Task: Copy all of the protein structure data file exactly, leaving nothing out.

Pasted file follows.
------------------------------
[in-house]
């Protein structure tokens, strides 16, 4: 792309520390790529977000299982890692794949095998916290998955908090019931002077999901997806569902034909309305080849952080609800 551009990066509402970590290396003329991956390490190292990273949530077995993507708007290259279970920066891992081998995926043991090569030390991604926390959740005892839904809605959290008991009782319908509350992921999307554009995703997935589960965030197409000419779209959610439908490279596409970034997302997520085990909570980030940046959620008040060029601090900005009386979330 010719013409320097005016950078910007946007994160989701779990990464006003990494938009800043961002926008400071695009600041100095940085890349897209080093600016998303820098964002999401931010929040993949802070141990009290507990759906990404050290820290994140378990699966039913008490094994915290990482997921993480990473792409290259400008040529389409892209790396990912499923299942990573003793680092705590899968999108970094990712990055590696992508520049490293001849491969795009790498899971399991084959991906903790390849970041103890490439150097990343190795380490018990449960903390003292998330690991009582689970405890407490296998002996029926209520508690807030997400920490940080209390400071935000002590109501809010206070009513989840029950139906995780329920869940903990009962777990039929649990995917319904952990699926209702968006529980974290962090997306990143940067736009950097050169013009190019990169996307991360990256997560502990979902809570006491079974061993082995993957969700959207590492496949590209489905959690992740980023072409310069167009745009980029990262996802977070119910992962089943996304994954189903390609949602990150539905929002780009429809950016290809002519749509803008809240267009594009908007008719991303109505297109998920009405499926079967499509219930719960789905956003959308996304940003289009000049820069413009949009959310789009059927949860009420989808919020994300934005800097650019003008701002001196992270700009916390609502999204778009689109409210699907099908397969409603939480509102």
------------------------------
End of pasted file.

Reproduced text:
[in-house]
């Protein structure tokens, strides 16, 4: 792309520390790529977000299982890692794949095998916290998955908090019931002077999901997806569902034909309305080849952080609800 551009990066509402970590290396003329991956390490190292990273949530077995993507708007290259279970920066891992081998995926043991090569030390991604926390959740005892839904809605959290008991009782319908509350992921999307554009995703997935589960965030197409000419779209959610439908490279596409970034997302997520085990909570980030940046959620008040060029601090900005009386979330 010719013409320097005016950078910007946007994160989701779990990464006003990494938009800043961002926008400071695009600041100095940085890349897209080093600016998303820098964002999401931010929040993949802070141990009290507990759906990404050290820290994140378990699966039913008490094994915290990482997921993480990473792409290259400008040529389409892209790396990912499923299942990573003793680092705590899968999108970094990712990055590696992508520049490293001849491969795009790498899971399991084959991906903790390849970041103890490439150097990343190795380490018990449960903390003292998330690991009582689970405890407490296998002996029926209520508690807030997400920490940080209390400071935000002590109501809010206070009513989840029950139906995780329920869940903990009962777990039929649990995917319904952990699926209702968006529980974290962090997306990143940067736009950097050169013009190019990169996307991360990256997560502990979902809570006491079974061993082995993957969700959207590492496949590209489905959690992740980023072409310069167009745009980029990262996802977070119910992962089943996304994954189903390609949602990150539905929002780009429809950016290809002519749509803008809240267009594009908007008719991303109505297109998920009405499926079967499509219930719960789905956003959308996304940003289009000049820069413009949009959310789009059927949860009420989808919020994300934005800097650019003008701002001196992270700009916390609502999204778009689109409210699907099908397969409603939480509102």